I DO NOT think the city or state should be about restoration of a religious “theme park”. It was actually little more than a glorified miniature golf course, without the holes, balls and clubs. If anything it reflected the fairly tacky and commercialized faith of its time. If anyone wants to restore it, that should be the diocese that owns it still (if I recall). Otherwise the whole piece of land should be reclaimed. It could be a lovely hilltop park. However, without proper police protection, it will make no difference what is on the land, it will continue to be dangerous.

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posted July 24, 2010 at 9:03 pm

jestrfyl, I was about to comment on the cross being a symbol of torture, before I read your post….so you beat me to it.
I see no purpose in rebuilding a theme park that has been out of commission since 1984….religious or otherwise. Certainly the land could be used for something more constructive? I don’t know anything about the town/region, but perhaps a natural park (minus crosses, etc) could be made there….removing all buildings etc. A place to walk, run, sit, have picnics etc. could replace the ugly stuff that is still there…and right now the cross could be included in the definition of “ugly”. Certainly the horrific crime committed there could have been committed anywhere, including a Central Park like place, but as mentioned above…all public areas need police about for protection. (which is a shame but is reality).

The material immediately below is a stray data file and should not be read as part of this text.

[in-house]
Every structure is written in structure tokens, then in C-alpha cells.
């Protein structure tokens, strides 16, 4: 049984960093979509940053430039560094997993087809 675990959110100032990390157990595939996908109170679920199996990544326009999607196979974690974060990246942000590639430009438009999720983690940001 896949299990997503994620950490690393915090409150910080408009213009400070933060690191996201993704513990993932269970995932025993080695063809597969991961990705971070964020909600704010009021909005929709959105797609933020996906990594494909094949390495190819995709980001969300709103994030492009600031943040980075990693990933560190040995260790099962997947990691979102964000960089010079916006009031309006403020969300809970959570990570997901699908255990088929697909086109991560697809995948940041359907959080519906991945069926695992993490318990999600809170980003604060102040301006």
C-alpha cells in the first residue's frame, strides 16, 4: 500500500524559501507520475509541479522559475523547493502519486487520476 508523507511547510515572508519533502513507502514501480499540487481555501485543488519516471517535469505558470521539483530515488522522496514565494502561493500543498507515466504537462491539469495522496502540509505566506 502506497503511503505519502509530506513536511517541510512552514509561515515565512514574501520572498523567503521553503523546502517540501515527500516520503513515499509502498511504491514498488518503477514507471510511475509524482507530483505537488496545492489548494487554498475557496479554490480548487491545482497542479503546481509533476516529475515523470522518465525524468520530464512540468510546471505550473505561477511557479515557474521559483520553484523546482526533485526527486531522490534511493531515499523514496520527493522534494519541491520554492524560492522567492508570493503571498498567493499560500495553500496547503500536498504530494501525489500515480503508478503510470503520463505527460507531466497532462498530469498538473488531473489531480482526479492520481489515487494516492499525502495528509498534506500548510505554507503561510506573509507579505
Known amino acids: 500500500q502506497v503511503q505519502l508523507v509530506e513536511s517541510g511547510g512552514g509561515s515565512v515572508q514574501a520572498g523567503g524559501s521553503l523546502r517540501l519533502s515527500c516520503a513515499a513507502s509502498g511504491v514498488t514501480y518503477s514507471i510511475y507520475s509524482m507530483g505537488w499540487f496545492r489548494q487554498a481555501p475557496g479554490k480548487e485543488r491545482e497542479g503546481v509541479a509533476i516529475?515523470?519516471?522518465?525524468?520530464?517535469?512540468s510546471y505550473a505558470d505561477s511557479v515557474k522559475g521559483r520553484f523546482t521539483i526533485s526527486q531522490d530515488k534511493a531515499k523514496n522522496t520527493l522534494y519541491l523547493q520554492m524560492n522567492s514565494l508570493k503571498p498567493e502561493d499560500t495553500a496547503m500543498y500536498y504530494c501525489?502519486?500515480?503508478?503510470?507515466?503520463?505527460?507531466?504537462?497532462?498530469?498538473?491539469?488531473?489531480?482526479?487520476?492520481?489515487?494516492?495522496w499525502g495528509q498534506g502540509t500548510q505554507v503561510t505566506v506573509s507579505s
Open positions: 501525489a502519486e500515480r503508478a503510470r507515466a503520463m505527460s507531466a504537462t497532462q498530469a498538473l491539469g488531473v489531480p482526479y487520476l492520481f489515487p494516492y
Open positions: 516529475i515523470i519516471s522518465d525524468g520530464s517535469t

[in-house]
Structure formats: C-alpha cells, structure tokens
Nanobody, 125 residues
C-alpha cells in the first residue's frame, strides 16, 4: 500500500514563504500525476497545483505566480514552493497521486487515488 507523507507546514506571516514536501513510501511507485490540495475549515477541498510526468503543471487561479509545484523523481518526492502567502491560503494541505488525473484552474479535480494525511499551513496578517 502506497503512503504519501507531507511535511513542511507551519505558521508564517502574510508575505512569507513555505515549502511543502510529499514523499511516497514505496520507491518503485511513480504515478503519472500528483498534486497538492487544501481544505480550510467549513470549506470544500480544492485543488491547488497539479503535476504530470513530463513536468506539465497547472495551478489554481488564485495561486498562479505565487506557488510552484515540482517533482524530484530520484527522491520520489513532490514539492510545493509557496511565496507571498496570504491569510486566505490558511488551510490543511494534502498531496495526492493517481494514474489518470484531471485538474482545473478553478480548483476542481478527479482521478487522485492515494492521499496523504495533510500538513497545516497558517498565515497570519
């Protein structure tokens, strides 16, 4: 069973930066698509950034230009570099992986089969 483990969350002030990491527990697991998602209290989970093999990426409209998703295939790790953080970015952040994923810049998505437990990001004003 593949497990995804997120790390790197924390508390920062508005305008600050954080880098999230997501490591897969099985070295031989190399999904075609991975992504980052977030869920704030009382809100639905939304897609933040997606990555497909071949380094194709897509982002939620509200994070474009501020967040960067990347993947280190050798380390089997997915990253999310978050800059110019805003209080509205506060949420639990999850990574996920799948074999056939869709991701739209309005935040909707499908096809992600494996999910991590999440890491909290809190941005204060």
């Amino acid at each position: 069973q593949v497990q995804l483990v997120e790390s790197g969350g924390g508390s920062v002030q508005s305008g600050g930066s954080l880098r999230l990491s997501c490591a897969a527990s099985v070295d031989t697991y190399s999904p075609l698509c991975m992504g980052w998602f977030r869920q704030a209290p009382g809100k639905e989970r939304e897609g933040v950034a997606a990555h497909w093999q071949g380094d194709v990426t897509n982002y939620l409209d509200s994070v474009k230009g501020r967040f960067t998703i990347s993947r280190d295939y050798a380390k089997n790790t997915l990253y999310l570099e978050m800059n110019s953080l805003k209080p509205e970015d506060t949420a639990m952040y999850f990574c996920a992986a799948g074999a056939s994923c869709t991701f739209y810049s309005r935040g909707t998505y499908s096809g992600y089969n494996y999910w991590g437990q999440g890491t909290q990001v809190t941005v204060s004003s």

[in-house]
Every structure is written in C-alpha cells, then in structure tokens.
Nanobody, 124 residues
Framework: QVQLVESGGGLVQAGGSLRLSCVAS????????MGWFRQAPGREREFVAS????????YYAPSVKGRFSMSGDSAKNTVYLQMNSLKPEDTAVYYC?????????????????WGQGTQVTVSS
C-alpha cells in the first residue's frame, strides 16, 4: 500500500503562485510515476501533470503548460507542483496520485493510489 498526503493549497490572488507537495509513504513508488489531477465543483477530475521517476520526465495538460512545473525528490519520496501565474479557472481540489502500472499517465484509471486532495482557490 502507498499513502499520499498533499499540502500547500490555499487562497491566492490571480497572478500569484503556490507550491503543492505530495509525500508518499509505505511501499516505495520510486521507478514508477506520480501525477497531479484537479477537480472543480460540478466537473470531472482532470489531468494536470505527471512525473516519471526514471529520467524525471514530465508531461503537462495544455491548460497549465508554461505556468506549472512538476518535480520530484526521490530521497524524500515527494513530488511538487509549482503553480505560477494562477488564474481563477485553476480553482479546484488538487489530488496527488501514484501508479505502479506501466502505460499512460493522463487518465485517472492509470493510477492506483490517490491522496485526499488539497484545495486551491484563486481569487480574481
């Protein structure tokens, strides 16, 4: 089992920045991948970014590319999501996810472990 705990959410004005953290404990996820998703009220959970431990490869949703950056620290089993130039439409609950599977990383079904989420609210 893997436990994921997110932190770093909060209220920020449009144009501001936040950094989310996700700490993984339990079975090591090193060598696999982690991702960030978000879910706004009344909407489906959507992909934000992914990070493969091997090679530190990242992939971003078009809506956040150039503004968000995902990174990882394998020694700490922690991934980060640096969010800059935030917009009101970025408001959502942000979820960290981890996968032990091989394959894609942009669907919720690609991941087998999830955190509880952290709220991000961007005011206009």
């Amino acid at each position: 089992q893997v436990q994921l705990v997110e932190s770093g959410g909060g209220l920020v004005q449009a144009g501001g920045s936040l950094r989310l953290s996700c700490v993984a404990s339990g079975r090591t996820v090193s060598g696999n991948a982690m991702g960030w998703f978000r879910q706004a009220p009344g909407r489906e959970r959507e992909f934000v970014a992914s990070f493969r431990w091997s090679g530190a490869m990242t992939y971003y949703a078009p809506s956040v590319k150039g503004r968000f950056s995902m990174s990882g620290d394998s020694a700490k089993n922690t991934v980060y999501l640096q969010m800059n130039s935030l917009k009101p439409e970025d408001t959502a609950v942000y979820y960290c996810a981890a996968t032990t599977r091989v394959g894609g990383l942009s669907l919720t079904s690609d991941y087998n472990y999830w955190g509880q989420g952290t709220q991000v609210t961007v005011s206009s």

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posted July 25, 2010 at 2:07 am

I am a catholic raised person n even if I wasn’t I would believe it to be the same answer “LEAVE IT ALONE ” why would anyone blame a landmark a place that wasn’t suppose to used as anything bad or to make people do such mean evil nasty things to an Innocent n helpless person very unjustified but blame the land NO!! blame the person who’s responsible so sad people lost the meanin of such a place.

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Darkmoor Ravenscry

posted July 26, 2010 at 12:31 pm

You can see the author’s bias in the title to this story. A bit salacious and over-written don’t you think? Near to me is a bike path that for over twenty years was the sight of rapings and murders all perpetrated by one man. Should they tear up the bike path because it was a sight of such horrific crimes? It is, after all overgrown and scary in some parts. I will think about the horrific things that occurred there but I will also enjoy the running and riding on the bike path.

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posted July 28, 2010 at 1:31 pm

Darkmoor Ravenscry:
What is the point in keeping it there? The land and buildings have obviously been abandoned to nature etc. thus inviting something to happen. Clear the whole place and make it beautiful once again…or perhaps clear away the man made stuff (including the cross) and let nature take it’s couse without the rubbish left by humans. Your bike path wasn’t an abandon place, but still in use when bad things happeded there. The park has been abandoned for a long while.
BTW…cool moniker!